7. Submitted by joe smith on 05/07/2017 - 01:30 pm.

    Repeal it or replace it, who cares,

    just change it!!! I could care less what they call it, who comes up with the ideas, how many GOP or Dems vote for it, just get something that works for working Americans! Those who work for a company that covers their insurance, have seen higher deductibles, less choice of doctors and too many changes in healthcare to ever establish a relationship with their family doctor. Those who pay for their own insurance have seen skyrocketing premiums, higher deductibles, fewer by half the choices in coverage (in many counties no choice), couldn’t keep their Doc and in many cases forced to leave coverage by willing to pay penalty. Obamacare is broken, something needs to change!!

    I hear that the new plan will put a work requirement on Medicaid, thank goodness!! Medicaid is for disabled, our poorest families with kids and those that are under 65 and can’t take care of themselves. It was never intended for able bodied folks who choose not to work!! Medicare is partially paid for (to the tune of 3% of workers salaries! half paid by employee and half by employer) by working folks to take care of retired seniors. This BS that older folks and the poor won’t be covered has never been the case!! Just repeated talking points by the Left to scare folks. BTW, the Jimmy Kimmels story while heart breaking, was totally off the mark when saying a baby born to a poor family would be left to die. Every hospital in country would do what it took to try and save a newborn.

    Nobody who dealt with insurance at any in depth level, thought Obamacare would work. It was just a stepping stone to single payer. With the ACA we were a half step away from single payer, (that is why the Liberal elite, big Govt folks are howling over its demise). if it goes back to competition in the market, buying across state lines, having actual standards for Medicaid, $50 dollar plans with high deductibles for 25-45 year olds (who use very little healthcare) allow groups to buy together, we will once again be a full step away from single payer Govt run healthcare. Where is the outrage from the left over our soldiers,actually dying while waiting for healthcare, from the VA?? An actual single payer system!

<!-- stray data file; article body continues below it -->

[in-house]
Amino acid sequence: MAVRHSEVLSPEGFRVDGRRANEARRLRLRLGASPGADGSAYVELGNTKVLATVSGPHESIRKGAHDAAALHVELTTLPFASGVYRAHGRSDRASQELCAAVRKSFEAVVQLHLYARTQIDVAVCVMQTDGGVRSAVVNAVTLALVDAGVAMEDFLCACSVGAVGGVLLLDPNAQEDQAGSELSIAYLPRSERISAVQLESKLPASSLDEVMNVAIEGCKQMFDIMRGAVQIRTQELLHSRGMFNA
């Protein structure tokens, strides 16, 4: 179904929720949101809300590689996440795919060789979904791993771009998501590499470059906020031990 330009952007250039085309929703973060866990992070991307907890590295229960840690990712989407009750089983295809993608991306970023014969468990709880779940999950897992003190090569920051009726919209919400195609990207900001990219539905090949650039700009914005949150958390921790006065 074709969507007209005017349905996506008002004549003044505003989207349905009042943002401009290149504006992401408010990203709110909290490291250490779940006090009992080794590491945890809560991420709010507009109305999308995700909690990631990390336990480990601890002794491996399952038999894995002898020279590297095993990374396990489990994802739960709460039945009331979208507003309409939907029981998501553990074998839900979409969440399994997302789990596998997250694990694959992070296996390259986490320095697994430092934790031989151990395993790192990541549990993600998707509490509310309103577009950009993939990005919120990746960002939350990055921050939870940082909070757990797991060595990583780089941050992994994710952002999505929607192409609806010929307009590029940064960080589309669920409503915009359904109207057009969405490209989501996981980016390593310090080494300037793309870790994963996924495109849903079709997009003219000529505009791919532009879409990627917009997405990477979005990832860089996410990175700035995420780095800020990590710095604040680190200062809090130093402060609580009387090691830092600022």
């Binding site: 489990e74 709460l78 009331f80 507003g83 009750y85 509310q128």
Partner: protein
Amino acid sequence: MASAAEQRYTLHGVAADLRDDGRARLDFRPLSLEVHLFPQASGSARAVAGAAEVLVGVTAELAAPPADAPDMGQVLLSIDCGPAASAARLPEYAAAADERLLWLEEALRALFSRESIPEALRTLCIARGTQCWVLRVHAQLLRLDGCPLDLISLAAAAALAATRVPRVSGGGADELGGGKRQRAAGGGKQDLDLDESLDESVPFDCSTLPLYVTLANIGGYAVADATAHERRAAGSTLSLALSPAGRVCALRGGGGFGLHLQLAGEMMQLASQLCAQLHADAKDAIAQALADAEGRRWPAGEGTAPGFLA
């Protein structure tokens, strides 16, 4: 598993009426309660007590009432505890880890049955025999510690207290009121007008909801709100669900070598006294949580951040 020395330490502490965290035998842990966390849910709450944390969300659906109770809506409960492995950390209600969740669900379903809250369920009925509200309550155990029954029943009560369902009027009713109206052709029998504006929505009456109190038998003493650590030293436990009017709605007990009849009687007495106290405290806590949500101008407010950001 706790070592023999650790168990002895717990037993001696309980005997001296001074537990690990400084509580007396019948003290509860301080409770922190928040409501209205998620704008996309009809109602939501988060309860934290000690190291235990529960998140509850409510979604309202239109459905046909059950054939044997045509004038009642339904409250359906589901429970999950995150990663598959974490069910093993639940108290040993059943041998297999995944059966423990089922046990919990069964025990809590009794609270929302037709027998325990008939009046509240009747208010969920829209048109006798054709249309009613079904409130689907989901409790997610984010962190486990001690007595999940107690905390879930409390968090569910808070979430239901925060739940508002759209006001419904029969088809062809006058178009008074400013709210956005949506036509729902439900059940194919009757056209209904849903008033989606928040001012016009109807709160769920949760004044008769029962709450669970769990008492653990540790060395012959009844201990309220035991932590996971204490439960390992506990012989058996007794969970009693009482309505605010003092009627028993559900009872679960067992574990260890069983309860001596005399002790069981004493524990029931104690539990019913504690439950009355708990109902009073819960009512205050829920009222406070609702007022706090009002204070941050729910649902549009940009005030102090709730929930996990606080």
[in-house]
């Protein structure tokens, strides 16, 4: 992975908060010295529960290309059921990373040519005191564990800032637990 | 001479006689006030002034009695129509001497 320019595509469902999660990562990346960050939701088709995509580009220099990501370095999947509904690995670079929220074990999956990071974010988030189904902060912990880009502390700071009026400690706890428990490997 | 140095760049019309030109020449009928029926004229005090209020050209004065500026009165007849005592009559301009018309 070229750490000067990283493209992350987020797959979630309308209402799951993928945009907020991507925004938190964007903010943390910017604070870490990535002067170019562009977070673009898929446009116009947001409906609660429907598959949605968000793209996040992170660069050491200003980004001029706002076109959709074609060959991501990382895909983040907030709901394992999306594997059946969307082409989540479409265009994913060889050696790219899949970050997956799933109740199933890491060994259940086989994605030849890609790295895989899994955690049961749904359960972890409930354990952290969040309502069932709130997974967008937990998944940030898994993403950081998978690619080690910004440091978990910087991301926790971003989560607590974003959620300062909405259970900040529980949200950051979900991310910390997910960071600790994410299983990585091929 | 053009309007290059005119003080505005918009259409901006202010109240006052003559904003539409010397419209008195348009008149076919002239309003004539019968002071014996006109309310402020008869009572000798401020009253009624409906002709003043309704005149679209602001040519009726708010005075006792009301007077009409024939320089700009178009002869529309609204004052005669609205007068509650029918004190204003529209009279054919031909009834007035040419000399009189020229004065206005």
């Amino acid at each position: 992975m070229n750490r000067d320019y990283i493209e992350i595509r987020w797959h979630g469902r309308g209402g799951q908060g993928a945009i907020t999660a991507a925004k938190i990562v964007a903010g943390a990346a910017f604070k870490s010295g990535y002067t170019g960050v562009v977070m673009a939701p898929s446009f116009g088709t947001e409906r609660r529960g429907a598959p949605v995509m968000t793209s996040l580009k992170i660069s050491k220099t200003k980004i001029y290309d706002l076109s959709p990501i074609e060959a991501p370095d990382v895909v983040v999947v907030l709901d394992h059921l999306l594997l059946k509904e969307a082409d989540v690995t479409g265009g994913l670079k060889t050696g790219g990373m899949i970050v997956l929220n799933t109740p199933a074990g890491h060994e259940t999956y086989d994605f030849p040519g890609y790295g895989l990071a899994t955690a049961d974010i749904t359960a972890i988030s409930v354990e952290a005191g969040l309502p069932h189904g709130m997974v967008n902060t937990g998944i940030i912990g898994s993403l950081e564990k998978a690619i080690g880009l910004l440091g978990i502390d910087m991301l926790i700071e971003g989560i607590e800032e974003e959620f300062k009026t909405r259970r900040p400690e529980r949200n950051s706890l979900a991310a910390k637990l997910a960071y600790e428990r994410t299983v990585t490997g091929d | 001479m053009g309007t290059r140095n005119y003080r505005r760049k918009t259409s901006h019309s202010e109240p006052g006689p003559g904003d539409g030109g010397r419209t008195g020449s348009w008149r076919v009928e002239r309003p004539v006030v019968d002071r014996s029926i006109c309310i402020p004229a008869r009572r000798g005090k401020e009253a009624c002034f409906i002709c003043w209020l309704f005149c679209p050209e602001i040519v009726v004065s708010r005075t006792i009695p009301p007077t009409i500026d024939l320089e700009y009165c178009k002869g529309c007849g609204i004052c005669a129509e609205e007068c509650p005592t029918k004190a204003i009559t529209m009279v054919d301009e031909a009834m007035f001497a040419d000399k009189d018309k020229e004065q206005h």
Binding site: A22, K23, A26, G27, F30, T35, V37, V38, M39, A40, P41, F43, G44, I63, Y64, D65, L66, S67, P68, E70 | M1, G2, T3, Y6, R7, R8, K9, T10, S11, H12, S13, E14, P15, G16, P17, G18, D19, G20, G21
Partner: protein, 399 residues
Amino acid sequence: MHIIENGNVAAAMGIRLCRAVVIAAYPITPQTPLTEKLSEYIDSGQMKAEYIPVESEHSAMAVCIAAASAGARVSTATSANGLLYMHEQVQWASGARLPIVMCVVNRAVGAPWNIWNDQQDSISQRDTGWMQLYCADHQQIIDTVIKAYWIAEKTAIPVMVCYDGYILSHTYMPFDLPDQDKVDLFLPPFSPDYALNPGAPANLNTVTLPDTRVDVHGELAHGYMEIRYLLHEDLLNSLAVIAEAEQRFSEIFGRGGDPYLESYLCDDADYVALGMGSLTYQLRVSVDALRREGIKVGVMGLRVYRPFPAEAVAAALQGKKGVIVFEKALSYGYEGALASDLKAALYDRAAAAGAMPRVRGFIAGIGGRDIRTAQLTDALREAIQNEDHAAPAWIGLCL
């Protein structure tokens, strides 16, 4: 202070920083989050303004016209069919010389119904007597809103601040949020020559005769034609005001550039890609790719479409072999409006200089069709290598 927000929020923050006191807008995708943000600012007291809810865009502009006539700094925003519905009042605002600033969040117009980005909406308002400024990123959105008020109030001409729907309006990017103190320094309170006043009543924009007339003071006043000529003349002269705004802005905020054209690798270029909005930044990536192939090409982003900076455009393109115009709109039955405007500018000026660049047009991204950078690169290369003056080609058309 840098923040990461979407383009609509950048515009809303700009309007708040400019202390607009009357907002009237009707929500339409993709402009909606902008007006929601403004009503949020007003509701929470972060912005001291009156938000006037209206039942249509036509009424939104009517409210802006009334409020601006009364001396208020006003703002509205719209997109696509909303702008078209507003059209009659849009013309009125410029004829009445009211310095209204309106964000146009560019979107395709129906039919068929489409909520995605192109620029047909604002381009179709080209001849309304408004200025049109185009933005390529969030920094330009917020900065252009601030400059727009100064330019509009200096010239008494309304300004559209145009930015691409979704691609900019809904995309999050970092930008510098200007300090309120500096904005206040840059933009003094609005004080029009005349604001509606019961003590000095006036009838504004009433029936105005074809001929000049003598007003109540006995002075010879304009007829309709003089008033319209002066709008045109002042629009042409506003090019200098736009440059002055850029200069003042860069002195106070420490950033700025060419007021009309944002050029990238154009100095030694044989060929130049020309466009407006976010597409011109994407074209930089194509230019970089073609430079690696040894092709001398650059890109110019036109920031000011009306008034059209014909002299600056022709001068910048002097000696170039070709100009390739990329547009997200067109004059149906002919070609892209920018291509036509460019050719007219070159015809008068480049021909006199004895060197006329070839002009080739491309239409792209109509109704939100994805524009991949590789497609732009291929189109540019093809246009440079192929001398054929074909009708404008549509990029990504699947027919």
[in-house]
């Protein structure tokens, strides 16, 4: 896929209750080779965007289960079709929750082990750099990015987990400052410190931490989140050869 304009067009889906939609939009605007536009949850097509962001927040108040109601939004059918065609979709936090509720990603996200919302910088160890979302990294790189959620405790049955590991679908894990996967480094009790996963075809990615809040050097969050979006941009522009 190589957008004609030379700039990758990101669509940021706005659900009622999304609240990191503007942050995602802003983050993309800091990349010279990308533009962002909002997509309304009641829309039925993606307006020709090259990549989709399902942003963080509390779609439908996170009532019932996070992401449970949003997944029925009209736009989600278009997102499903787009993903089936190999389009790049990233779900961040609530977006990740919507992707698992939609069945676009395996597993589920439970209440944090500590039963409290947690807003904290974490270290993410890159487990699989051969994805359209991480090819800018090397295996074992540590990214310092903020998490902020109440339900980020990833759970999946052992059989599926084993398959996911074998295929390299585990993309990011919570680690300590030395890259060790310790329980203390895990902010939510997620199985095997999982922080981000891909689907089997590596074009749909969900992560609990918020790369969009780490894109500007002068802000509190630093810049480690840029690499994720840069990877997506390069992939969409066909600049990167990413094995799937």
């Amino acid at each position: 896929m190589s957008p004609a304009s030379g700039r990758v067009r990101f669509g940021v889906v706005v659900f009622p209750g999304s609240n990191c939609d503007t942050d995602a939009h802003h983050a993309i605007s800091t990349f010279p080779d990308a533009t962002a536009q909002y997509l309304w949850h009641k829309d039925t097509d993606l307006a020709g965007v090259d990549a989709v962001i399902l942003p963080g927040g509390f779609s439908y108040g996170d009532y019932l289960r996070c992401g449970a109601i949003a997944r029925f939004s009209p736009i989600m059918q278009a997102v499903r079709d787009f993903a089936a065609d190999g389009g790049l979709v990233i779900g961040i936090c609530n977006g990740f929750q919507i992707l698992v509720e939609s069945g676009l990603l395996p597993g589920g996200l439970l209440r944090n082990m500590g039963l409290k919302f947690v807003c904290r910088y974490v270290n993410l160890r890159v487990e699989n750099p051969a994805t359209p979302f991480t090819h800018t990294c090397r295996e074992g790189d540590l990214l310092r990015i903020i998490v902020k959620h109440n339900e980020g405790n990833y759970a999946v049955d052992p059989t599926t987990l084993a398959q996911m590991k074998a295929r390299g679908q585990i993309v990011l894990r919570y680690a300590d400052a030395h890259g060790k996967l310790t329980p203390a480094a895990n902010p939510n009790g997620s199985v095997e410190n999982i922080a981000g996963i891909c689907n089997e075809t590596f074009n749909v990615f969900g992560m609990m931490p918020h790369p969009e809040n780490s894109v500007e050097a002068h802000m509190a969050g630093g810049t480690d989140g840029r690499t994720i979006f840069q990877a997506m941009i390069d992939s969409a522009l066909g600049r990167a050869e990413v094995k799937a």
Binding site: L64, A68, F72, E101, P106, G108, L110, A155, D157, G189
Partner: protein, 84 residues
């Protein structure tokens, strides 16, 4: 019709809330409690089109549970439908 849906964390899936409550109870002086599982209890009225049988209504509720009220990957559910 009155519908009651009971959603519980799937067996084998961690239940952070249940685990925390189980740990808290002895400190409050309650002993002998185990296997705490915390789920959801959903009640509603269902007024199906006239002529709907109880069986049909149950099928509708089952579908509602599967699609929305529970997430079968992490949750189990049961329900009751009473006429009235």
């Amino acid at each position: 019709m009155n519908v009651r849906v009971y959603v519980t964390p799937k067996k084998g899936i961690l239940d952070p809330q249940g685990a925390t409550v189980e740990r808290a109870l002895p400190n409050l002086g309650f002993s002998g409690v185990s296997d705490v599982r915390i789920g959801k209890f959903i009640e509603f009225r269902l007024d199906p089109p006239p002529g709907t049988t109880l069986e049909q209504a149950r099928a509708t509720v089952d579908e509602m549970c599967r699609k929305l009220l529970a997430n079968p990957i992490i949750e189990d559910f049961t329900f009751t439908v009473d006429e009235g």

• Submitted by Neal Rovick on 05/08/2017 - 09:16 am.

      Joe, if you think that by going back to pre-ACA days, you’ll have better coverage for lower cost, you are mistaken. Costs have been continuously rising all that while and there is every indication that the under AHCA costs for the people who actually need care will be higher.

      After all, if it is likely you won’t need insurance, you won’t buy it–meaning the costs for those who do need insurance will be higher because there is a smaller pool paying for it.

      And it clearly states now older people will pay up to 5 times the younger population (rather than 3 times, under the ACA)–not much of a mystery there which way prices for the older insurance buyers will go.

      As for Medicaid costs: 42% of the spending is for disabled disabled, 21% are aged and 21% are children and only 15% are non-disabled adults (national average).

      Among the non-disabled adult population, 63% of the families have at least one job, and 14% of the families have a part-time job. 23% of the households have no job. Many of the households covered by Medicaid are single-parent households.

      The Heritage Foundation says a work requirement is pointless:


      Under the proposed policy, governors would be given the option of requiring able-bodied adults without dependent children enrolled in Medicaid to hold a job, perform community service, or undertake training as a condition of receiving Medicaid services.

      While the idea of requiring work, training, or other constructive activity in exchange for benefits is sound in principle, there are numerous reasons why this policy would prove ineffective. Moreover, there are better ways to promote work in the context of the health care reform debate.